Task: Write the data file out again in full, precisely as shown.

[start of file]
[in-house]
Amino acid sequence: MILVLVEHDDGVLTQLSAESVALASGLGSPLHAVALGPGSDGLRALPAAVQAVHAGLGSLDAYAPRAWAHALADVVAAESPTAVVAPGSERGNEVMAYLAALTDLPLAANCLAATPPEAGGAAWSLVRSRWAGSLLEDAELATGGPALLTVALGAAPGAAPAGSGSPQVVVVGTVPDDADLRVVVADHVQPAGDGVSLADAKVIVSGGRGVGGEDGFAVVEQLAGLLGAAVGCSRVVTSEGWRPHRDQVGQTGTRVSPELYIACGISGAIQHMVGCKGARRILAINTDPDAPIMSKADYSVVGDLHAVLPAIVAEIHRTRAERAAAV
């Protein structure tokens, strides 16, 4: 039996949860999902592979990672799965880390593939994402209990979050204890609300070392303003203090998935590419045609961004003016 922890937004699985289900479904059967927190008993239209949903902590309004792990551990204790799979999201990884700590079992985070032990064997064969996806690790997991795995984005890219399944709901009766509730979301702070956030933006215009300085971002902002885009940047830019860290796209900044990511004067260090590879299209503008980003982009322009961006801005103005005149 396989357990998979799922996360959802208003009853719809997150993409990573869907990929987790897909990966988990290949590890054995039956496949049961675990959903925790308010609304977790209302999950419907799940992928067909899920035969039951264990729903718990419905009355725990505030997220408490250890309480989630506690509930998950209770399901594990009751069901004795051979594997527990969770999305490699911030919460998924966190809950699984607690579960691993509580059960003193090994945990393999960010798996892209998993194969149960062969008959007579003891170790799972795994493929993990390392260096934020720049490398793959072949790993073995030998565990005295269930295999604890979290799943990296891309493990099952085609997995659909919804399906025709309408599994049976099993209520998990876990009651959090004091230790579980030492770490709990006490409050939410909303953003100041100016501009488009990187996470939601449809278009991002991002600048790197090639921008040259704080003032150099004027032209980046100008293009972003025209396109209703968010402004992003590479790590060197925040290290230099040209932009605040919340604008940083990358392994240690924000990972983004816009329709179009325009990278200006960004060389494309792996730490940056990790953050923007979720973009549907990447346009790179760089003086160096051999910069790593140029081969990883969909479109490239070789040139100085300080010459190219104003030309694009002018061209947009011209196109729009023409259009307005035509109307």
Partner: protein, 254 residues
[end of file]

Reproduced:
[in-house]
Amino acid sequence: MILVLVEHDDGVLTQLSAESVALASGLGSPLHAVALGPGSDGLRALPAAVQAVHAGLGSLDAYAPRAWAHALADVVAAESPTAVVAPGSERGNEVMAYLAALTDLPLAANCLAATPPEAGGAAWSLVRSRWAGSLLEDAELATGGPALLTVALGAAPGAAPAGSGSPQVVVVGTVPDDADLRVVVADHVQPAGDGVSLADAKVIVSGGRGVGGEDGFAVVEQLAGLLGAAVGCSRVVTSEGWRPHRDQVGQTGTRVSPELYIACGISGAIQHMVGCKGARRILAINTDPDAPIMSKADYSVVGDLHAVLPAIVAEIHRTRAERAAAV
């Protein structure tokens, strides 16, 4: 039996949860999902592979990672799965880390593939994402209990979050204890609300070392303003203090998935590419045609961004003016 922890937004699985289900479904059967927190008993239209949903902590309004792990551990204790799979999201990884700590079992985070032990064997064969996806690790997991795995984005890219399944709901009766509730979301702070956030933006215009300085971002902002885009940047830019860290796209900044990511004067260090590879299209503008980003982009322009961006801005103005005149 396989357990998979799922996360959802208003009853719809997150993409990573869907990929987790897909990966988990290949590890054995039956496949049961675990959903925790308010609304977790209302999950419907799940992928067909899920035969039951264990729903718990419905009355725990505030997220408490250890309480989630506690509930998950209770399901594990009751069901004795051979594997527990969770999305490699911030919460998924966190809950699984607690579960691993509580059960003193090994945990393999960010798996892209998993194969149960062969008959007579003891170790799972795994493929993990390392260096934020720049490398793959072949790993073995030998565990005295269930295999604890979290799943990296891309493990099952085609997995659909919804399906025709309408599994049976099993209520998990876990009651959090004091230790579980030492770490709990006490409050939410909303953003100041100016501009488009990187996470939601449809278009991002991002600048790197090639921008040259704080003032150099004027032209980046100008293009972003025209396109209703968010402004992003590479790590060197925040290290230099040209932009605040919340604008940083990358392994240690924000990972983004816009329709179009325009990278200006960004060389494309792996730490940056990790953050923007979720973009549907990447346009790179760089003086160096051999910069790593140029081969990883969909479109490239070789040139100085300080010459190219104003030309694009002018061209947009011209196109729009023409259009307005035509109307």
Partner: protein, 254 residues